I left the bike with Rich, confident he would find it a good home. When I asked him why he liked that bike so much he said that they just don’t build them like this anymore.

It’s been a good decade-plus with the blue bike. We’ve had some solid adventures and I hope the new owner also loves its many charms.

Tern: My New Ride

After years with my fun step-through mountain bike, I have find a new bicycle companion. This is my Tern GSD S10 ebike!

I’m super excited to supplement my bike riding with some pedal assist. While I think the bike itself is kind of ugly, I love how much cargo capacity it has, and that it folds down to be a bit more compact, and can stand upright on its own.

This bike cost me as much as some people pay for a used car, but I hope to use it for years to come.

Midsummer Trip to the Grotto

I needed an afternoon off, so I rode my bike to the Grotto, where I passed a very peaceful couple of hours. Some things I saw:

This statue, which I only took a picture of because Matt’s brother is named Thad.

This great brass casting.

The difference between the stones in the labyrinth. The lighter ones are the path, the darker ones are the lines.

Lions Wearing Masks? And Other Signs of the Times

I’ve been taking afternoon bike rides (which are lovely) and enjoyed finding these two figureheads setting a good example for the neighborhood.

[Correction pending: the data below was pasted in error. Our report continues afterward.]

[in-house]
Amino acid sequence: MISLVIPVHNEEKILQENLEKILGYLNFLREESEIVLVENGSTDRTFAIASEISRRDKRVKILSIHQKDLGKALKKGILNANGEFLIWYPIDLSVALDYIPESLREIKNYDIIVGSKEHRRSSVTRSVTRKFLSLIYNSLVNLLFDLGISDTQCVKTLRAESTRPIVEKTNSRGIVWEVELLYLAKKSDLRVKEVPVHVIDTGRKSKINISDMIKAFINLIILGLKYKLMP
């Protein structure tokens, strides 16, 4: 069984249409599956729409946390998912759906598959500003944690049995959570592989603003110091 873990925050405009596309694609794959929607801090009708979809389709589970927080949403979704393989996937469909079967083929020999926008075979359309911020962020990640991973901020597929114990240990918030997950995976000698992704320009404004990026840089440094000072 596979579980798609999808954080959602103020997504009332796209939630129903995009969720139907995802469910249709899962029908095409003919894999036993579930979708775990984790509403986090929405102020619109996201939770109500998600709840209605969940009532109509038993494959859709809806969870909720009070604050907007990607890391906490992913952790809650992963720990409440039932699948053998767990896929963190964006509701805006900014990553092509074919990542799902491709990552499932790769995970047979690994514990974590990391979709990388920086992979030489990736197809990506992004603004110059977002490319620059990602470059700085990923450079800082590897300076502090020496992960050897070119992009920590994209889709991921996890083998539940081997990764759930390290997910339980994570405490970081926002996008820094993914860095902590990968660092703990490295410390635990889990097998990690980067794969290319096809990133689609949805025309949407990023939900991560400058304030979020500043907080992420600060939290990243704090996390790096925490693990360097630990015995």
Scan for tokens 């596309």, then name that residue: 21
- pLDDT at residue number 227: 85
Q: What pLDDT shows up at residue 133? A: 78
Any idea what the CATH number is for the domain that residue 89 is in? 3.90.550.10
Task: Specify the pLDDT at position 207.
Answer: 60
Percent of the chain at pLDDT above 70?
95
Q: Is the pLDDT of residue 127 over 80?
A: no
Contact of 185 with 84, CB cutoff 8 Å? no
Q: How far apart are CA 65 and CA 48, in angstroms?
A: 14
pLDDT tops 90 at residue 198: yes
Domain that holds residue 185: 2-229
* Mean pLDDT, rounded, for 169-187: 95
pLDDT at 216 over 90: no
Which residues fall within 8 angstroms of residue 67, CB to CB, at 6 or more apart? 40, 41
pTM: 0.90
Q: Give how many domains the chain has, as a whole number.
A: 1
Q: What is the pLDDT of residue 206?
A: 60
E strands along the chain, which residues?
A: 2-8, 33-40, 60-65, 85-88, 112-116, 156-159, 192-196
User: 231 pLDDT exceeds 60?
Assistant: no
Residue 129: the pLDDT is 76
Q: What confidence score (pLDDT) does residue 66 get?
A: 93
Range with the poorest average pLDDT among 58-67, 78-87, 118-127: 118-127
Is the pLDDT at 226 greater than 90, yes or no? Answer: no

I like how stylish their masks are.

The bridge on Willamette right before the turnoff to Fred Meyer has been a landing place for signs.

While every death like George Floyd’s is heartbreaking, Breonna Taylor’s murder hit me hard.

Quality bike parking at the EMSWCD

I went to pick up the native plants I ordered from the East Multnomah Soil and Water Conservation District and I found this hearty and well-covered structure.

Way to do it right, EMSWCD. I forgive you for interviewing me twice and then never officially telling me I didn’t get the job. I didn’t get it right? Because if I did, I’m 12 years late.

Biking update: paying for supplies

When I started biking to work again, I needed to invest in some bike-worthy clothing for the winter months. While getting to work via bike is much cheaper than via car, it does have its costs. The trick, as with all saving money things, is to keep them below the cost of other ways to get to work.

(The only thing cheaper than bike riding would be walking to work, as it only requires a decent pair of shoes and something to keep the elements out. It does take substantially more time, though.)

In my case, I can pay $5 per day to ride the train round trip, or I can bike and pocket the cost of the commute. When I make a big bike purchase, I like to see how long it takes to pay it off. This keeps me in economical bike gear as bike jackets can be very expensive.

While I was riding to pay off my bike gear, someone stole my bike light and I had to pony up 6 more days of biking to break even on that.
I spent $115.00 on gear. Here’s what I bought: